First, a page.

We can all recall those moments when the task in front of us seemed too challenging, and this made us deeply anxious. On the other hand, we can also recall those moments when we were bored dry out of our minds as we flick through the channels on the television. Studies* have found that even though happiness is not usually reported while people are engaged in passive leisure such as watching the television, motivation to do so is usually high. Additionally, when people are engaged in active leisure activities such as engaging in their hobbies, playing sports, and socializing, it was reported that they were indeed happier as well as equally motivated to engage in these activities.
One of the necessary conditions to enter a flow state is a balance between one’s perceived level of challenge, and one’s perceived level of skill. If we were to differentiate challenge and skill levels as low and high, we end up with four possible combinations, which are high challenge—high skill, high challenge—low skill, low challenge—high skill, and low challenge—low skill. When the challenges are too low in comparison to one’s ability to act (skill level), one tends to feel relaxed, and eventually, bored. On the other hand, if the challenges are too high compared to one’s perceived level of skill, one may start to worry and eventually, feel anxious. In yet another case, when both the challenge and the skill level is low, one feels apathetic. Optimal experiences are usually reported when both, the challenge and the skill level are high.
Let us take the simple example of drawing a perfect circle on a piece of paper. We may start off with something that resembles a scrambled egg, but as we practice more and more, and our perceived level of skill goes higher, we may start to really engage in drawing the circle as our sketches now start to approximate an actual circle. Let us assume that we get to the point where drawing a perfect circle feels like an effortless flick of the wrist. Once we get over the initial thrill, we may start to feel way too relaxed, and maybe even borderline bored. If at this point we were to increase our challenge by moving on to draw an even bigger free-hand circle, we would again be in the process of matching our level of skill to the challenge at hand. As the optimal experience starts to unfold and the act of drawing the circle starts to seem rewarding in itself, it would make us want to engage in this activity over and over again, in order to feel the same sense of reward. This is exactly how the self-perpetuating cycle of development via flow is set in motion, as we are consistently attempting to refine and build upon our skills.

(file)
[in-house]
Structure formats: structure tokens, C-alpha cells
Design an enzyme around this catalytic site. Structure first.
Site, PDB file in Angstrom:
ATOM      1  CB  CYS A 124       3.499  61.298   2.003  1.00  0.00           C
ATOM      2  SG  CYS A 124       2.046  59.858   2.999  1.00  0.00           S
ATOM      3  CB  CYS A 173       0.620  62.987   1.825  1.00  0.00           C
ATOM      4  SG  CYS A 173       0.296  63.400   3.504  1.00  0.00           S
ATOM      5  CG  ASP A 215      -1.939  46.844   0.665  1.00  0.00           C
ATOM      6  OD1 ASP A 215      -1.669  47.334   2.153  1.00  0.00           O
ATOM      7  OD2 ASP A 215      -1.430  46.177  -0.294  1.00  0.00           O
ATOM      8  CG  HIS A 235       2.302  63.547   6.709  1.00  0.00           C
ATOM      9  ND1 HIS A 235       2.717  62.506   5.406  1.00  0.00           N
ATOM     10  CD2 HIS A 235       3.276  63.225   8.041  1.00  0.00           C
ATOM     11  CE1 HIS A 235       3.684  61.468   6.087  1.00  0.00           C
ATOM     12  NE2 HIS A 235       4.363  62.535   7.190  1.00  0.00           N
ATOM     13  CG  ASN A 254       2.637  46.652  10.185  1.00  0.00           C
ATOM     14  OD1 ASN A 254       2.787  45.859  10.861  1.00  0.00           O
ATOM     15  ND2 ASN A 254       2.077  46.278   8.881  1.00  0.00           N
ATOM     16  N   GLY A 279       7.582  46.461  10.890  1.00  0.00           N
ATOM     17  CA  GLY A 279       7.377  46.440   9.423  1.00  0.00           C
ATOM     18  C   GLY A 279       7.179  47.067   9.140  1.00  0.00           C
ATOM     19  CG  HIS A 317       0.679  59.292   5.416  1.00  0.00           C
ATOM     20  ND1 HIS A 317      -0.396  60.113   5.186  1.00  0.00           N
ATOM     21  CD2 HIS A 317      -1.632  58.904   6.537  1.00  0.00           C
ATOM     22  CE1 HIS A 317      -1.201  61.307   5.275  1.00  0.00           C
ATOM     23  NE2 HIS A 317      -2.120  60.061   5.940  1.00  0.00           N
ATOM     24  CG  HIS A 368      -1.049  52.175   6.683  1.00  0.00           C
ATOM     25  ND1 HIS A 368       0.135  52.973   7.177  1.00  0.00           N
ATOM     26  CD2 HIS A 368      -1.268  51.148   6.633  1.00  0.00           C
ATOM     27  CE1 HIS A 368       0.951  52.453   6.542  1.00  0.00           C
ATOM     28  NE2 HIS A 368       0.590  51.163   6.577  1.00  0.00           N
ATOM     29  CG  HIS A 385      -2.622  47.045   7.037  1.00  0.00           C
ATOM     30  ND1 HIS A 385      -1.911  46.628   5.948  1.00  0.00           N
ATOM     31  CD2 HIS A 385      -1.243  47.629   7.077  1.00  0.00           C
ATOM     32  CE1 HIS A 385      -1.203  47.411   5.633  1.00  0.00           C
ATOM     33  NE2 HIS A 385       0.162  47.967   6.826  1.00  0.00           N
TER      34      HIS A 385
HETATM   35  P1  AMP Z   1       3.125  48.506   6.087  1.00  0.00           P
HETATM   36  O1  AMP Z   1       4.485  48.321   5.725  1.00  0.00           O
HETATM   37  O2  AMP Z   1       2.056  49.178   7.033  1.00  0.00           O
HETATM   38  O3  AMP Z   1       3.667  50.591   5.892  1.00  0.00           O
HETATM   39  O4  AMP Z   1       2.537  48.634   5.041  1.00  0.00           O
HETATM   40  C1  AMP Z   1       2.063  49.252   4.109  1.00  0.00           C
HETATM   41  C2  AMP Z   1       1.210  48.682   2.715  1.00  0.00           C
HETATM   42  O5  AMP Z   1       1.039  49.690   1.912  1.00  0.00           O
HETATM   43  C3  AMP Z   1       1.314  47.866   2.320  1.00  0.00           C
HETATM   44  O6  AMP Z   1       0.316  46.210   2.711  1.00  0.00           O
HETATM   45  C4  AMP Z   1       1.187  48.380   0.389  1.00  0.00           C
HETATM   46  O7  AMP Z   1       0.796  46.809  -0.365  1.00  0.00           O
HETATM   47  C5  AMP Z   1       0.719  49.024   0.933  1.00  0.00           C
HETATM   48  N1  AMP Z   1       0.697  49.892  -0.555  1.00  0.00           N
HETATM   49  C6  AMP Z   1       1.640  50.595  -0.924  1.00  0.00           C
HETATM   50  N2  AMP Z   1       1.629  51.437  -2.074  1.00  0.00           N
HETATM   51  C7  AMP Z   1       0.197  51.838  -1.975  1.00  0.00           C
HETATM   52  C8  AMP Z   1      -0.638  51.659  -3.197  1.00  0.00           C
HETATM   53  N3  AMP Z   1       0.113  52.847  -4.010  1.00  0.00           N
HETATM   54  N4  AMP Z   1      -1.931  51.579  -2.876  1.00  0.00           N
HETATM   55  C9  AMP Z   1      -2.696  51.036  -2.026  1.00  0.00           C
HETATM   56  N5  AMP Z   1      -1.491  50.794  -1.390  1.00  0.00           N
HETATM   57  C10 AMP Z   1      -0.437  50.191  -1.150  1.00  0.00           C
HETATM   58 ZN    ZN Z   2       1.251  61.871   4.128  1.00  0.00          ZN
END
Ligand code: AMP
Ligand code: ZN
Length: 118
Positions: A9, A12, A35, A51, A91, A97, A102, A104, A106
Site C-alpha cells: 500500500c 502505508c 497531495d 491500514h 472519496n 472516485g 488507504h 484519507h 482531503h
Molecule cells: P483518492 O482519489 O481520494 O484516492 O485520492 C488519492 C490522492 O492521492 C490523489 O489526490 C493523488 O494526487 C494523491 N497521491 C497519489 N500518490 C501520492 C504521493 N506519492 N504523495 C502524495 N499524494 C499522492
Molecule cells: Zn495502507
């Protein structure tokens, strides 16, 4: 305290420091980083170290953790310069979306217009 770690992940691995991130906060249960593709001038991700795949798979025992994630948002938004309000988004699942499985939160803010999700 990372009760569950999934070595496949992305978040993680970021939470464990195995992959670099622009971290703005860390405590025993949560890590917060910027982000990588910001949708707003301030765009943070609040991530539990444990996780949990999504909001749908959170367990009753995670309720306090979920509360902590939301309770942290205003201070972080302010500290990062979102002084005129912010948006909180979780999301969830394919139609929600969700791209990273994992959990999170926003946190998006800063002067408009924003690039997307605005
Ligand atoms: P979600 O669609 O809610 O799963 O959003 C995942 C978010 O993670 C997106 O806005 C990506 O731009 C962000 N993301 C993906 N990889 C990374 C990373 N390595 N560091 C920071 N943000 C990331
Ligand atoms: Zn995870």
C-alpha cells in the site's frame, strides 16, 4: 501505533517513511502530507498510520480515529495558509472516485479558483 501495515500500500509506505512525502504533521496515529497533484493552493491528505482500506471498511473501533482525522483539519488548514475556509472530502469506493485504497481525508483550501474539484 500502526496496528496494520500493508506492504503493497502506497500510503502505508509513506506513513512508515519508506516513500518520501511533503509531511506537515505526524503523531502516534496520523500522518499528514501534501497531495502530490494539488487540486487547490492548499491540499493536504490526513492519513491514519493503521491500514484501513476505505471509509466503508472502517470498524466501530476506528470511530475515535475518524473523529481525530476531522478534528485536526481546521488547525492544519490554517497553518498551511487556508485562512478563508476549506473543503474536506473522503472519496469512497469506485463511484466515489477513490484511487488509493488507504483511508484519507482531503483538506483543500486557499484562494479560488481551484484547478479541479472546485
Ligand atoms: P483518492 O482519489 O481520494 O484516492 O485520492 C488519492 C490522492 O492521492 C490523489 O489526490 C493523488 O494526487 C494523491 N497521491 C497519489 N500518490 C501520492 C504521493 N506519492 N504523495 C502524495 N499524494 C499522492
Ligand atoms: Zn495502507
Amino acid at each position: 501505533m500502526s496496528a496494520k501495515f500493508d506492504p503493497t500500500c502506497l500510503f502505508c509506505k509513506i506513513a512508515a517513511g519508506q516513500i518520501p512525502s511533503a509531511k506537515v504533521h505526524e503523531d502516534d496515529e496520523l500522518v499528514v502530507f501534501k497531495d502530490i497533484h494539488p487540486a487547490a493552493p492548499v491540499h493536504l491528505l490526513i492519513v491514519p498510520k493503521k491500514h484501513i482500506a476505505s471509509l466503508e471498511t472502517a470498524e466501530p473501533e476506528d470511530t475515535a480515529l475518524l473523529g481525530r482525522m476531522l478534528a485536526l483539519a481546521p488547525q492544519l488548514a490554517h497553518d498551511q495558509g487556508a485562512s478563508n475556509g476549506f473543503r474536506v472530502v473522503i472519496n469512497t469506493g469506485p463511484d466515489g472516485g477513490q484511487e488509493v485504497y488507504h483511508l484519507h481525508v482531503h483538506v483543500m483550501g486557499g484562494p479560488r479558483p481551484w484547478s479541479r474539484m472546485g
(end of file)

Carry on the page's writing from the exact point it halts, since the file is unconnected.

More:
It would not be surprising to know that some of you may not have felt the same way about drawing a free-hand circle. However, the same principle of self-perpetuating personal development can be initiated in the context of any specific task, activity, goal, and even to one’s whole conscious experience. As overcoming a challenge tends to make one feel more skillful than before, and the context in which this occurs is chosen by us which may range from the watering of plants to skydiving, each episode of flow makes a person become “more of a unique individual, less predictable, possessed of rarer skills” (Csikszentmihalyi, 1990, p. 41), i.e. more differentiated. On the other hand, as consciousness tends to be unusually well ordered during a flow experience, one also feels more integrated, in harmony, as “thoughts, intentions, feelings, and all the senses are focused on the same goal” (Csikszentmihalyi, 1990, p. 41). It is important to note here that after a flow experience, a person not only feels integrated internally but also with respect to other people, as well as the world as we know it.